There are many traps, dangers, and pitfalls that we as Christians must face in our daily lives. Events happen to us that are often out of our control. Sickness, accidents, natural catastrophes, even financial difficulties or hardship are often beyond our control, or not due to a self-inflicted cause. Yet, there is one trap that we must be on guard for, and that we must not allow ourselves to fall into our spiritual growth. That trap is, when we begin to think that we have all the answers regarding our faith, and that there is nothing more that we can learn.
We have all seen those individuals or groups of individuals, who think that there is nothing more for them to learn about our faith, that they have grown spiritually as far as it is humanly possible for them to grow. These self-assured people think nothing more can be acquired by them from the study of Holy Scripture, the writings of the Saints, nor from the instruction and guidance of the Church. We have even seen some proclaim themselves the only “true Christians”, the only “true Catholics”. They have fooled themselves into thinking that they have all the answers, that they have all the truth, and that anything other than what they know, what they believe is inherently wrong or ill conceived. As a very holy priest I know says, “some think themselves more Catholic than the Church”.
We should remember, that there is always something new for us to learn. It is not from our own understanding, our own intelligence that we learn, but, what we learn is what is revealed to us through Holy Scripture, the writings of the Saints, and from the Church by the actions and teaching of the Holy Spirit. No one man or woman has had all revealed to him or her by the Holy Spirit, but, each has had some revealed unto them by the Holy Spirit.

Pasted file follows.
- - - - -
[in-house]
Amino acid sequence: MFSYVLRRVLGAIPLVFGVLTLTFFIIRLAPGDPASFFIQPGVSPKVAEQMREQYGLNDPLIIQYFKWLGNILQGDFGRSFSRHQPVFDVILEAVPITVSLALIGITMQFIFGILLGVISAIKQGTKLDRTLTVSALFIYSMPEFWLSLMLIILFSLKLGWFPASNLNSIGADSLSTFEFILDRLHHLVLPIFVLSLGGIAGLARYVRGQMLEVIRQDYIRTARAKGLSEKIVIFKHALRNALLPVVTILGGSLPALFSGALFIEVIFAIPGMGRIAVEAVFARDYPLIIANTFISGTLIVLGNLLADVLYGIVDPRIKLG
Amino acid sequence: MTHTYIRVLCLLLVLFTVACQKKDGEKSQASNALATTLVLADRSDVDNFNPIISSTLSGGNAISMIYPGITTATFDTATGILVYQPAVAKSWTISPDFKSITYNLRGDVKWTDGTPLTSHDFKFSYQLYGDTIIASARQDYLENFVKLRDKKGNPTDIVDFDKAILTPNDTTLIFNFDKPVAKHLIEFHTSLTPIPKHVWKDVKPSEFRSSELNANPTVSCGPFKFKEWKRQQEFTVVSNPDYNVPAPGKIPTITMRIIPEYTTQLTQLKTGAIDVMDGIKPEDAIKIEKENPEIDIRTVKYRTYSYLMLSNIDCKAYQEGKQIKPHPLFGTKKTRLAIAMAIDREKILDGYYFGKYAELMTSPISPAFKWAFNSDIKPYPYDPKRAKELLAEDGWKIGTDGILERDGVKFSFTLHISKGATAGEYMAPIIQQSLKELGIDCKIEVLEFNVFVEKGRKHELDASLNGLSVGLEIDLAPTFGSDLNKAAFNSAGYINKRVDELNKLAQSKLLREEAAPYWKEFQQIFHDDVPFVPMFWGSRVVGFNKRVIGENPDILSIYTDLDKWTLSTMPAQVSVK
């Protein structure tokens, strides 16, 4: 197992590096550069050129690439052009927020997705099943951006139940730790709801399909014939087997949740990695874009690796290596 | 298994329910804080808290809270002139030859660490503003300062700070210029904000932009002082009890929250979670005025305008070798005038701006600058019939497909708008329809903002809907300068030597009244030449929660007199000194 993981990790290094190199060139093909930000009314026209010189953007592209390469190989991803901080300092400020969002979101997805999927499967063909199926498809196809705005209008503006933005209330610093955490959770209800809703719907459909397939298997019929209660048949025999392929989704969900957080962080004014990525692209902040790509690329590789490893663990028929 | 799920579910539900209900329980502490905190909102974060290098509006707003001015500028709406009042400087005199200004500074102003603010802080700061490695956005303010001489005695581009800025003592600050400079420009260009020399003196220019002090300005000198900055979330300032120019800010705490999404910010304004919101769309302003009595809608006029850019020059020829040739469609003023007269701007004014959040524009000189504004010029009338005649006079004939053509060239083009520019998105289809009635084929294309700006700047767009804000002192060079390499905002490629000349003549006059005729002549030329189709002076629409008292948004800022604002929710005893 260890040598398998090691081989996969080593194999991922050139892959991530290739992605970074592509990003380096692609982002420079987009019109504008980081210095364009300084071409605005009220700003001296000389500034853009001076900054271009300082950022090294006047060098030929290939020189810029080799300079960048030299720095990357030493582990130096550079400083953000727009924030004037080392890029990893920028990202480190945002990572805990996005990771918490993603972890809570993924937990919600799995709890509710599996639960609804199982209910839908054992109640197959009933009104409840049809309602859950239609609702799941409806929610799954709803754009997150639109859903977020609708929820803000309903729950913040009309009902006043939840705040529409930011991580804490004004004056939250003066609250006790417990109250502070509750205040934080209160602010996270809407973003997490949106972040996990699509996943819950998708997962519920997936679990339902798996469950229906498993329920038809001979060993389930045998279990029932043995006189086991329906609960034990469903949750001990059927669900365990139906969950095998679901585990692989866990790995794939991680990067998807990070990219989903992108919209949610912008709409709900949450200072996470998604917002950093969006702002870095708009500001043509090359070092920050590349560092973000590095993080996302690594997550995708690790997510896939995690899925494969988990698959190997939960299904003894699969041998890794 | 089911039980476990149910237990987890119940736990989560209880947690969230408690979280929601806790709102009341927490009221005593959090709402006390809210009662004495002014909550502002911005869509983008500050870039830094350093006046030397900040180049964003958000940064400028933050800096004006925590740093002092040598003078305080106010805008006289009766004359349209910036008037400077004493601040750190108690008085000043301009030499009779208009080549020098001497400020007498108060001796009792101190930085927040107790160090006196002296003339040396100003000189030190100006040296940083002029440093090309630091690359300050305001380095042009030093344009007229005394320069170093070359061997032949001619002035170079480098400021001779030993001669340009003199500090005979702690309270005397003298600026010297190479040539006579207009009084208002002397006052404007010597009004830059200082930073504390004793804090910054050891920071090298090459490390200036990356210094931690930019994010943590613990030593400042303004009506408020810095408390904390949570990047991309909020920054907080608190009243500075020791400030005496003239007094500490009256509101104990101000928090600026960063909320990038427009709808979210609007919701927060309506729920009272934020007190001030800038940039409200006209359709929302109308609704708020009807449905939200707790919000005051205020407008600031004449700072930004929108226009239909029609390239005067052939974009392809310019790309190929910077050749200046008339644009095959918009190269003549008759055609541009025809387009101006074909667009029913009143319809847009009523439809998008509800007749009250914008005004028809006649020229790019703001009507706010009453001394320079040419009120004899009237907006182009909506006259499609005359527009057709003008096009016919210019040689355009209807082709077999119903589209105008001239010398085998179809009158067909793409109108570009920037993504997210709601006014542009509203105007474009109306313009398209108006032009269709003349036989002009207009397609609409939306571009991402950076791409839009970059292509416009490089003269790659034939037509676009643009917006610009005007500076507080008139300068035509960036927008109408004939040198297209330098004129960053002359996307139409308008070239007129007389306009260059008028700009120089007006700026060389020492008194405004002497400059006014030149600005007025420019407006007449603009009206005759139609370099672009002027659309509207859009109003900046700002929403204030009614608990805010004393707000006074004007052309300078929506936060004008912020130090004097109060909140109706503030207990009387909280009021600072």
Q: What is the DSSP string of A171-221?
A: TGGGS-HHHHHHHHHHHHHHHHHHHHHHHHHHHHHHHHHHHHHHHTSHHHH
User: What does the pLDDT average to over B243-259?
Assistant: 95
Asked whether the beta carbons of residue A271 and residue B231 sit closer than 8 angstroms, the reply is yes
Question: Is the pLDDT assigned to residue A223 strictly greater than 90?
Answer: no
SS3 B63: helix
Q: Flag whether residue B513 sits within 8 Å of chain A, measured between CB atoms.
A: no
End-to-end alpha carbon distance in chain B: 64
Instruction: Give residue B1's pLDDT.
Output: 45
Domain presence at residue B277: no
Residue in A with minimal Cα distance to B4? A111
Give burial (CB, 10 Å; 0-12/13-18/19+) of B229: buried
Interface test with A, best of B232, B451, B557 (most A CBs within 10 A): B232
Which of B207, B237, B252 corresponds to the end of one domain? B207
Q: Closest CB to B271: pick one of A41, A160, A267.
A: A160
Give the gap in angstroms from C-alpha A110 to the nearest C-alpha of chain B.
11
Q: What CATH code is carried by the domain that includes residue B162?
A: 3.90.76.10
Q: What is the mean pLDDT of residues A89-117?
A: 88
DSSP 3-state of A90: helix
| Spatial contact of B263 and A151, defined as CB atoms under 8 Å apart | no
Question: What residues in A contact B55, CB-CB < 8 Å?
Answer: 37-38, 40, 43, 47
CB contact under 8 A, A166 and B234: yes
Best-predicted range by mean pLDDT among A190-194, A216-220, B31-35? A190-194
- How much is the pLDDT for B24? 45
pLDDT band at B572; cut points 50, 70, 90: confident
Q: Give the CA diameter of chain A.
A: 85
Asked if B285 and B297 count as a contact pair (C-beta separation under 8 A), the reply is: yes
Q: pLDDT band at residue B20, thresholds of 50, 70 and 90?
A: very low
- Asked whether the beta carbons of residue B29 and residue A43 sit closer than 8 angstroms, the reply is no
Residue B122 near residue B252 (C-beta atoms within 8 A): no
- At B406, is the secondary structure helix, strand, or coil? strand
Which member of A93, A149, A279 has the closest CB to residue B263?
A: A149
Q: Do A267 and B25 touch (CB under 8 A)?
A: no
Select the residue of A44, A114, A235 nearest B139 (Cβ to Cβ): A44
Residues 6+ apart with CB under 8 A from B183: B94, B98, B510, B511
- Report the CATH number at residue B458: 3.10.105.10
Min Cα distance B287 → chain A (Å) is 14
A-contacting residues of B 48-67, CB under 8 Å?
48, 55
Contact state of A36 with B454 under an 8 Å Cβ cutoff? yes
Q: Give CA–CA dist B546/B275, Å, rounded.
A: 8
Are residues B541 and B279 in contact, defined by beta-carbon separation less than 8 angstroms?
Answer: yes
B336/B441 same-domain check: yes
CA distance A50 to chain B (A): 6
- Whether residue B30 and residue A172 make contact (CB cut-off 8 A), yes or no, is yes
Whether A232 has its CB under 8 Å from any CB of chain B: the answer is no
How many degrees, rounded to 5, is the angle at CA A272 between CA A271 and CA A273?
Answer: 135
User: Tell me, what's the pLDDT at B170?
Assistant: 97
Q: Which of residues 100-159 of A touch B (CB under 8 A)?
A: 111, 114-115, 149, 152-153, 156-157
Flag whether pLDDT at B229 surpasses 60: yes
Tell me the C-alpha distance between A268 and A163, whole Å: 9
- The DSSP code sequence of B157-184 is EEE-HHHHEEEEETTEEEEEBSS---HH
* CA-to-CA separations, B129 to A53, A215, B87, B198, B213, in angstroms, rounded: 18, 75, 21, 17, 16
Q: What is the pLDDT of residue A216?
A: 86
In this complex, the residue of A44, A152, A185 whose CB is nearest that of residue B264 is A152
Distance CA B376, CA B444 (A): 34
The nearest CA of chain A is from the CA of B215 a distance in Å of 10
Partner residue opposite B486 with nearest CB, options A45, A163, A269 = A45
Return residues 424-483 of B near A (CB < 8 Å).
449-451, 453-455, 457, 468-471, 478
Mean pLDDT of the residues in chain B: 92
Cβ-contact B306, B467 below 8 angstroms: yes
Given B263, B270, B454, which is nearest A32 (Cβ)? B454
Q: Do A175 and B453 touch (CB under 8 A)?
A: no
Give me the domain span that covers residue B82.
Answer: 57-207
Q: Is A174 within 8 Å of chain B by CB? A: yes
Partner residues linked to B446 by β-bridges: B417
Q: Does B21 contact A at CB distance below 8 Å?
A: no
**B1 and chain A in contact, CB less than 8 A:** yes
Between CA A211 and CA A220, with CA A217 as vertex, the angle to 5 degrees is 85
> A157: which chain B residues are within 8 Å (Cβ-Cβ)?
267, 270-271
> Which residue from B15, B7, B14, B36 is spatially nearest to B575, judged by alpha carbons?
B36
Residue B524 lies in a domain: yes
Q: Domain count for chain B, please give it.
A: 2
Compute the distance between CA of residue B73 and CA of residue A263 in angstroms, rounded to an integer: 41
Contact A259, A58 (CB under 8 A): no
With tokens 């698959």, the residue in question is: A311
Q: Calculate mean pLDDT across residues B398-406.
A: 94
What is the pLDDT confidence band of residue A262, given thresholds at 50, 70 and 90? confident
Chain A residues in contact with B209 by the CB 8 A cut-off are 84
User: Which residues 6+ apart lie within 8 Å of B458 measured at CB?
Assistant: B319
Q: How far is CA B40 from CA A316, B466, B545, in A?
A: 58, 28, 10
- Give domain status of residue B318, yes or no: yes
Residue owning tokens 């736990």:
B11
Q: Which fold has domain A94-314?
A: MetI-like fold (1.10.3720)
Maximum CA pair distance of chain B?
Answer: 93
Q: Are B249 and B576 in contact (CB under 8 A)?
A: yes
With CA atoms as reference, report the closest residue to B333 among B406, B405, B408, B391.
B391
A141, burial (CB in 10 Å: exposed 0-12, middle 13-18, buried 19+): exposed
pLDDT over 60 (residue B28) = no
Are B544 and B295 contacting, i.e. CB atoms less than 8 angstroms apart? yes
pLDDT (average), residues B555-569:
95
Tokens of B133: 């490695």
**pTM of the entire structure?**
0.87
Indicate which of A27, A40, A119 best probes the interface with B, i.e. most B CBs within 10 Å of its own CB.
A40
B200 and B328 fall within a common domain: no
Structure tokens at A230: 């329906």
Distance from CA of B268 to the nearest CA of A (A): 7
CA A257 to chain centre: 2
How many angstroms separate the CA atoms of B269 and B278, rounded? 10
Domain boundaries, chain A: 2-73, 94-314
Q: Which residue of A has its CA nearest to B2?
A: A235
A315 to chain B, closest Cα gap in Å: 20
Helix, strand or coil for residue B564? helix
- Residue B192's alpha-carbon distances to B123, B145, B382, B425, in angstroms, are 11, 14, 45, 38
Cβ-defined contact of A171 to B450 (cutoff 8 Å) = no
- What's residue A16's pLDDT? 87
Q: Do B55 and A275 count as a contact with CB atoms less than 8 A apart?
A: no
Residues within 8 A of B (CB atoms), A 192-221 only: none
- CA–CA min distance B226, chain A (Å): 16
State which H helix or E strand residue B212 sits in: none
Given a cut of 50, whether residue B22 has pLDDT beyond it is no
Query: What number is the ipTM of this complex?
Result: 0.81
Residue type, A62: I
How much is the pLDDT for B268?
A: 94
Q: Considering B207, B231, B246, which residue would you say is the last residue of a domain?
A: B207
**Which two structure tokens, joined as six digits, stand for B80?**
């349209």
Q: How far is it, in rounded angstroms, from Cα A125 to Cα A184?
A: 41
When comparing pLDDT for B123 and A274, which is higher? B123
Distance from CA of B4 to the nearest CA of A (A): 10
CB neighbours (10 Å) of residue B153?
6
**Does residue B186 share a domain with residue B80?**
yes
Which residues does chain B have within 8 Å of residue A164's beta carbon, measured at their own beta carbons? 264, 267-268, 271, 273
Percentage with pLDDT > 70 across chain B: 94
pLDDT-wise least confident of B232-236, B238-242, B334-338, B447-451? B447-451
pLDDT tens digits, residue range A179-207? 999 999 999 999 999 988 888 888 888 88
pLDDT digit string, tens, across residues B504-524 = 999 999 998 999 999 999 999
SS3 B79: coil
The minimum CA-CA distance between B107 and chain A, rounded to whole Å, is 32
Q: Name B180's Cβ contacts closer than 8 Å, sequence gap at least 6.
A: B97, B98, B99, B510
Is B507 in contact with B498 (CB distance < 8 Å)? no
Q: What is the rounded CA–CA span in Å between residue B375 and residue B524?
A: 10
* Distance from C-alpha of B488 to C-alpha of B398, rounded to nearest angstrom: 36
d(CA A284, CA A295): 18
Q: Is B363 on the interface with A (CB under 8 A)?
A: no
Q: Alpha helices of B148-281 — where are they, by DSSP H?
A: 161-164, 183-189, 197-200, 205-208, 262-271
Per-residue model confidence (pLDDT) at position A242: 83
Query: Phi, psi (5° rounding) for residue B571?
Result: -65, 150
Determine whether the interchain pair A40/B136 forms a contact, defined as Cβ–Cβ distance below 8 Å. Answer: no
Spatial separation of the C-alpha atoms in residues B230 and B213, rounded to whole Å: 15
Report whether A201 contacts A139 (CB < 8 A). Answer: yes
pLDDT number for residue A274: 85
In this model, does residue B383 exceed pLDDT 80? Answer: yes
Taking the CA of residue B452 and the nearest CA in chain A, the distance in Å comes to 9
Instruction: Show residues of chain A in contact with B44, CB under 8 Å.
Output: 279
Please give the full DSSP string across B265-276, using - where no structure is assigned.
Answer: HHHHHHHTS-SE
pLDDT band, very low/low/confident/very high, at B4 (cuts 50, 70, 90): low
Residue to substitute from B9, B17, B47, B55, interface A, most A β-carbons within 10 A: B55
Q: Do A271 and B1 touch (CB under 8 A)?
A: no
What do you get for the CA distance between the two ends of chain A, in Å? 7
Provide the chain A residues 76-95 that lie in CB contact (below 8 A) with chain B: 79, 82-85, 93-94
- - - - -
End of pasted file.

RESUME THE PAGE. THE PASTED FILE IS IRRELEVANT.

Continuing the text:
Now we all know that the fullness of revelation is in Christ,and He has revealed all. Yet there are aspects of the Faith, and of God that we do not fully understand or comprehend, because as a creation of God we are limited as to our ability to comprehend and understand God. For God is infinite, He cannot be contained or limited by space or time, we on the other hand, are finite, confined by both space and time. In Romans 11:33-35 we are told, “O the depth of the riches of the wisdom and of the knowledge of God! How incomprehensible are his judgments, and how unsearchable his ways! For who hath known the mind of the Lord? Or who hath been his counselor? Or who hath first given to him, and recompense shall be made him?”
Further, there are aspects of God and the Faith He has given us, that have been revealed to us, but, because of our limits, we do not fully grasp those aspects. These are what we call the Mysteries of Faith. In “The Pocket Catholic Dictionary” by Father John A. Hardon, S.J., we are given this explanation for mystery, “a divinely revealed truth whose very possibility cannot be rationally conceived before it is revealed and, after revelation, whose inner essence cannot be fully understood by the finite mind. The incomprehensibility of revealed mysteries derives from the fact that they are manifestations of God, who is infinite and therefore beyond the complete grasp of a created intellect. Nevertheless, though incomprehensible, mysteries are intelligible. One of the primary duties of a believer is, through prayer, study, and experience, to grow in faith, i.e., to develop an understanding of what God has revealed”.
That last sentence within that definition is by far the most important instruction to all believers “the primary duties of a believer is, through prayer, study, and experience, to grow in faith,” and to “develop an understanding of what God has revealed”. We should therefore always strive to learn and grow in our faith and belief, and we should always remember that when we pray, when we study, and when we experience growth in our faith, it is because God, through the Holy Spirit has been our teacher, our instructor.
If we fall into the snare set for us by the enemy, into the wrong thinking that we can grow no more, that we have learned all there is to know of God, then we endanger ourselves, we endanger our faith, and we endanger those around us and their faith as well. Many is the man or woman who have followed the teachings of one who gives the appearance and assurance of having found all the truth and been led astray into the errors of heresy, apostasy, and schism. When we think there is nothing more to be revealed to us, through scripture, the Saints, or through the Church, then we are in effect saying that God through the Holy Spirit cannot teach us or guide us, as we need no teaching or guidance from Him who has all Knowledge.